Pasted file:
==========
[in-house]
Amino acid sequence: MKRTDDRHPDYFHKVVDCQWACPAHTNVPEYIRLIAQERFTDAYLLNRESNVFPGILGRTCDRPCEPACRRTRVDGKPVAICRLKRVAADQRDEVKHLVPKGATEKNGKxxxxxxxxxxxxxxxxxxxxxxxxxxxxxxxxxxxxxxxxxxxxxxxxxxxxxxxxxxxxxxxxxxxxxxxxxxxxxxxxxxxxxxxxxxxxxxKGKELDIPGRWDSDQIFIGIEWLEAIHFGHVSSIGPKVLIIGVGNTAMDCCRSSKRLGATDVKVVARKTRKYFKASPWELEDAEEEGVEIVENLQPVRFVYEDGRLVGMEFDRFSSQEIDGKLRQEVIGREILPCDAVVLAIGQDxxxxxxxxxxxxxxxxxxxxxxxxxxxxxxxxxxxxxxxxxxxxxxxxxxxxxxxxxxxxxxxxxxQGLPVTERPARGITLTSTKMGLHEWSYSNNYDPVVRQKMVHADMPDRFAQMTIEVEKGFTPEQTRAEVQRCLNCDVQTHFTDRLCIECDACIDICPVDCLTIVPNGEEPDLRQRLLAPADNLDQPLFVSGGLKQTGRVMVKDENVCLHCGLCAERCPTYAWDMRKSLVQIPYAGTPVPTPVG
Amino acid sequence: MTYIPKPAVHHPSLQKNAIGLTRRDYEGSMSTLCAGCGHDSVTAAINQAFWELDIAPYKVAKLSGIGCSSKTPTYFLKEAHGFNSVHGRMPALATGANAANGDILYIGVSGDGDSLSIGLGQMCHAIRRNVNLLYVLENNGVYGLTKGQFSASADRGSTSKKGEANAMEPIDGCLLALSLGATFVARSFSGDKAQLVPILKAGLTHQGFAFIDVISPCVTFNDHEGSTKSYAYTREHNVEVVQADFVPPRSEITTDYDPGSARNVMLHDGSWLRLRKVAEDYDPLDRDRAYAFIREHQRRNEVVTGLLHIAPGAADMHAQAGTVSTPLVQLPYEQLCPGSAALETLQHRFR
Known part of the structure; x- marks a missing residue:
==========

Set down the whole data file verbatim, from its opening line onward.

[in-house]
Amino acid sequence: MKRTDDRHPDYFHKVVDCQWACPAHTNVPEYIRLIAQERFTDAYLLNRESNVFPGILGRTCDRPCEPACRRTRVDGKPVAICRLKRVAADQRDEVKHLVPKGATEKNGKxxxxxxxxxxxxxxxxxxxxxxxxxxxxxxxxxxxxxxxxxxxxxxxxxxxxxxxxxxxxxxxxxxxxxxxxxxxxxxxxxxxxxxxxxxxxxxKGKELDIPGRWDSDQIFIGIEWLEAIHFGHVSSIGPKVLIIGVGNTAMDCCRSSKRLGATDVKVVARKTRKYFKASPWELEDAEEEGVEIVENLQPVRFVYEDGRLVGMEFDRFSSQEIDGKLRQEVIGREILPCDAVVLAIGQDxxxxxxxxxxxxxxxxxxxxxxxxxxxxxxxxxxxxxxxxxxxxxxxxxxxxxxxxxxxxxxxxxxQGLPVTERPARGITLTSTKMGLHEWSYSNNYDPVVRQKMVHADMPDRFAQMTIEVEKGFTPEQTRAEVQRCLNCDVQTHFTDRLCIECDACIDICPVDCLTIVPNGEEPDLRQRLLAPADNLDQPLFVSGGLKQTGRVMVKDENVCLHCGLCAERCPTYAWDMRKSLVQIPYAGTPVPTPVG
Amino acid sequence: MTYIPKPAVHHPSLQKNAIGLTRRDYEGSMSTLCAGCGHDSVTAAINQAFWELDIAPYKVAKLSGIGCSSKTPTYFLKEAHGFNSVHGRMPALATGANAANGDILYIGVSGDGDSLSIGLGQMCHAIRRNVNLLYVLENNGVYGLTKGQFSASADRGSTSKKGEANAMEPIDGCLLALSLGATFVARSFSGDKAQLVPILKAGLTHQGFAFIDVISPCVTFNDHEGSTKSYAYTREHNVEVVQADFVPPRSEITTDYDPGSARNVMLHDGSWLRLRKVAEDYDPLDRDRAYAFIREHQRRNEVVTGLLHIAPGAADMHAQAGTVSTPLVQLPYEQLCPGSAALETLQHRFR
Known part of the structure; x- marks a missing residue: